The Montreal Museum of Fine Arts (MMFA) has launched a new, permanent collection of Sikh art in its Arts of One World Wing.
Most of the items were donated from the collection of Narinder Singh Kapany, known as the father of fiber optics, with the help of Mandeep Roshi Chadha, a former museum board member who is now vice-chair of the board of trustees for the National Gallery of Canada.
“What does it do for our people when they walk around the gallery and they see themselves reflected in these elite, sort of, institutions? It’s a sense of pride, it’s a sense of belonging and it’s a sense of yes, I am somebody too,” says Roshi Chadha.
Kapany and his late wife, Satinder, founded the International Sikh Foundation with the goal of highlighting the contributions of Sikh artists, sculptors and architects. Before his death in December 2020, his collection was loaned to museums around the world.
He met Roshi Chadha and her husband, Baljit, six years ago in California through the foundation. Kapany asked the Chadhas to find a place for a number of the pieces in his collection in Canada after he learned of Roshi Chadha’s involvement in the art world, as well as the couple’s own collection of Sikh art.
The Chadhas had already shared Canada’s art with India, bringing a nine-foot-tall inukshuk to be placed in front of the High Commission of Canada in New Delhi as well as other Inuit art for a National Gallery of Canada exhibit at the National Museum there.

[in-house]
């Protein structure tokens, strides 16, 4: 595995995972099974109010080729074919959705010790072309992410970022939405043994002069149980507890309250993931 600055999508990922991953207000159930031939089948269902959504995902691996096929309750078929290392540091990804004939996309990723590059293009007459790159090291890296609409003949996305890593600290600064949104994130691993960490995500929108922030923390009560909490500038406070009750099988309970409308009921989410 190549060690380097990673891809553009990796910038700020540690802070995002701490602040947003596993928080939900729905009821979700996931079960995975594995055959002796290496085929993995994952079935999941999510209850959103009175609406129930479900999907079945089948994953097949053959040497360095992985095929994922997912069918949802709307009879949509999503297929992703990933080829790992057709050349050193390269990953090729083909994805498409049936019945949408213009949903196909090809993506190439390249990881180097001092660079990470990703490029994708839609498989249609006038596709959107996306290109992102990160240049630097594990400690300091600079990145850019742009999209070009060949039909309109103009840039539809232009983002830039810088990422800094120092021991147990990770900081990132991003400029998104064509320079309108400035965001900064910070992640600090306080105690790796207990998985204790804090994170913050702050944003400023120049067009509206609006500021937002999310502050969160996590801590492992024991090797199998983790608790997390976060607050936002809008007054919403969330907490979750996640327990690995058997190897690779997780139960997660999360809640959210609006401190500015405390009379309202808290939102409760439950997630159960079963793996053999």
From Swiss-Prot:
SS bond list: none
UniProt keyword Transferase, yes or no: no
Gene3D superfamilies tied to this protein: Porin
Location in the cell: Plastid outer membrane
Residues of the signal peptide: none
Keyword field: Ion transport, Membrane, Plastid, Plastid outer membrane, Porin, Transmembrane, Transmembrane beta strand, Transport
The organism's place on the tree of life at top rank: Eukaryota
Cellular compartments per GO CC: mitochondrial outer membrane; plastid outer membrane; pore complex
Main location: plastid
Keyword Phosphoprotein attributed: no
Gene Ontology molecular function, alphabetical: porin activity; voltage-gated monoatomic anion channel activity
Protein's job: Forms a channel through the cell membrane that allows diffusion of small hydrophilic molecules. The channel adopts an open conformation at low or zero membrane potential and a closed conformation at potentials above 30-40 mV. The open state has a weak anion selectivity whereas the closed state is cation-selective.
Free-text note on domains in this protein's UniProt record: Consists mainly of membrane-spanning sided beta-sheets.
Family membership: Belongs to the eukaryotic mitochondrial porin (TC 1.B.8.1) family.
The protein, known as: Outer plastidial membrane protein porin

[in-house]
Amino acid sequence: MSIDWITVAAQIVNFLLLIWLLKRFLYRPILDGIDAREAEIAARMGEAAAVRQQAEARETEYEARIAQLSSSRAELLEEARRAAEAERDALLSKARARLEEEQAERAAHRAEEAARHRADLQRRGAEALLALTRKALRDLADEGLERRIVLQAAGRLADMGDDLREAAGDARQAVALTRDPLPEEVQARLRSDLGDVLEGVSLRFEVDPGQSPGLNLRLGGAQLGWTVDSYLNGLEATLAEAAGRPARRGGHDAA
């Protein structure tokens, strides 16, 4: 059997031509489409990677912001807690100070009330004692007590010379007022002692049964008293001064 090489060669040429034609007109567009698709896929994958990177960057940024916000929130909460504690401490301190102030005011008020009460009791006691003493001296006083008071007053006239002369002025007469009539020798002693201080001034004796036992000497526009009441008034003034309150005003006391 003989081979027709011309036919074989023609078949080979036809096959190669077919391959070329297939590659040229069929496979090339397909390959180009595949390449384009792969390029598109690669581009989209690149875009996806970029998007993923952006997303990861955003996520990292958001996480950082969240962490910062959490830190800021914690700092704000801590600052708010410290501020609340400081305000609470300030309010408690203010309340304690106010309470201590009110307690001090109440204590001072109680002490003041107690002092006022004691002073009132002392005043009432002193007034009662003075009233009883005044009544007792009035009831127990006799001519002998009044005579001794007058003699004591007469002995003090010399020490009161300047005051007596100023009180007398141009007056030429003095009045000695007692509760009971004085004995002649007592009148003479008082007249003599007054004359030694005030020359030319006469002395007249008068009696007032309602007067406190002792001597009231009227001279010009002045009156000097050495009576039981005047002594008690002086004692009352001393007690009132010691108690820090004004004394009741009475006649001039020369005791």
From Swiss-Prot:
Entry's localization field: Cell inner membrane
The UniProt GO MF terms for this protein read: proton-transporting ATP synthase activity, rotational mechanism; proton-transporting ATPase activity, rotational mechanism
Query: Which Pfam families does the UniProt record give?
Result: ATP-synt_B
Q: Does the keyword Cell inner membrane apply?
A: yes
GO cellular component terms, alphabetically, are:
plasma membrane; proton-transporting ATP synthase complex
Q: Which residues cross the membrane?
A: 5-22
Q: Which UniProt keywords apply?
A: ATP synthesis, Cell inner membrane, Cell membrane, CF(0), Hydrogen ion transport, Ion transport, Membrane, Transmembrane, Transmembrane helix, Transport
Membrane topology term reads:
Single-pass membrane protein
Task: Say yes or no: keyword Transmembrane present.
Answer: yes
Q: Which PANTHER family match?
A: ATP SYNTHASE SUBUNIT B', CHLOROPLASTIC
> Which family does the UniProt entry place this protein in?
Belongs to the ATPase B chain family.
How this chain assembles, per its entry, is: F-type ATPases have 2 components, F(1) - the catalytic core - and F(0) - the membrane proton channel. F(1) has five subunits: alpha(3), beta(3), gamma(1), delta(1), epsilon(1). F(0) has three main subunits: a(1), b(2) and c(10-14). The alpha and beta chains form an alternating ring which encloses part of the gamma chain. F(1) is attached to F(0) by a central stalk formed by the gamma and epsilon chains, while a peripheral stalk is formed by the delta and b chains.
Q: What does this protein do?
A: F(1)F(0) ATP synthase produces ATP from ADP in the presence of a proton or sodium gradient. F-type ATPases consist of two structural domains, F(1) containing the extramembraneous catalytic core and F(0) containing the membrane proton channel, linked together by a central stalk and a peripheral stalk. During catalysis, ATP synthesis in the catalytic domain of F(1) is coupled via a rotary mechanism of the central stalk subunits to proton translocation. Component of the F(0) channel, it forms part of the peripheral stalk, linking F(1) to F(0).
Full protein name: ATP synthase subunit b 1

“This Sikh gallery is an equivalent gallery in the other direction,” says Roshi Chadha. “It is my culture.”
With larger Sikh communities in Vancouver and Toronto, it may come as a surprise that such a significant collection came to Montreal. Roshi Chadha is asked a lot about why it’s here.
“Baljit and I have been here: him 50 years and me over 40 years. Montreal is home and Montreal is in my backyard so why not Montreal?” asks Roshi Chadha. While she and her husband started their careers in Montreal, Roshi Chadha is regularly in Ottawa to fulfill her duties for the National Gallery.
And there are contemporary pieces included among the centuries-old works, too.
All in a Weekend14:02Significant Sikh art collection at the Montreal Museum of Fine Arts
“We are creating a space to support the wide range of artists in Canada and abroad who are engaging substantively with the pluralistic and open-ended histories, politics and aesthetics of Sikhism,” says Sajdeep Soomal, a research assistant at the museum who helped co-ordinate acquisitions of the contemporary pieces in the gallery.
Dipti Gupta, who attended the gallery’s official opening last week, said it was “heartening” to see such respect in Canada for the art of a people who a century ago had been subject to immigration restrictions.
“To find a space in a museum will allow people to revisit the contribution of Sikh history, art in all its glory,” says Gupta.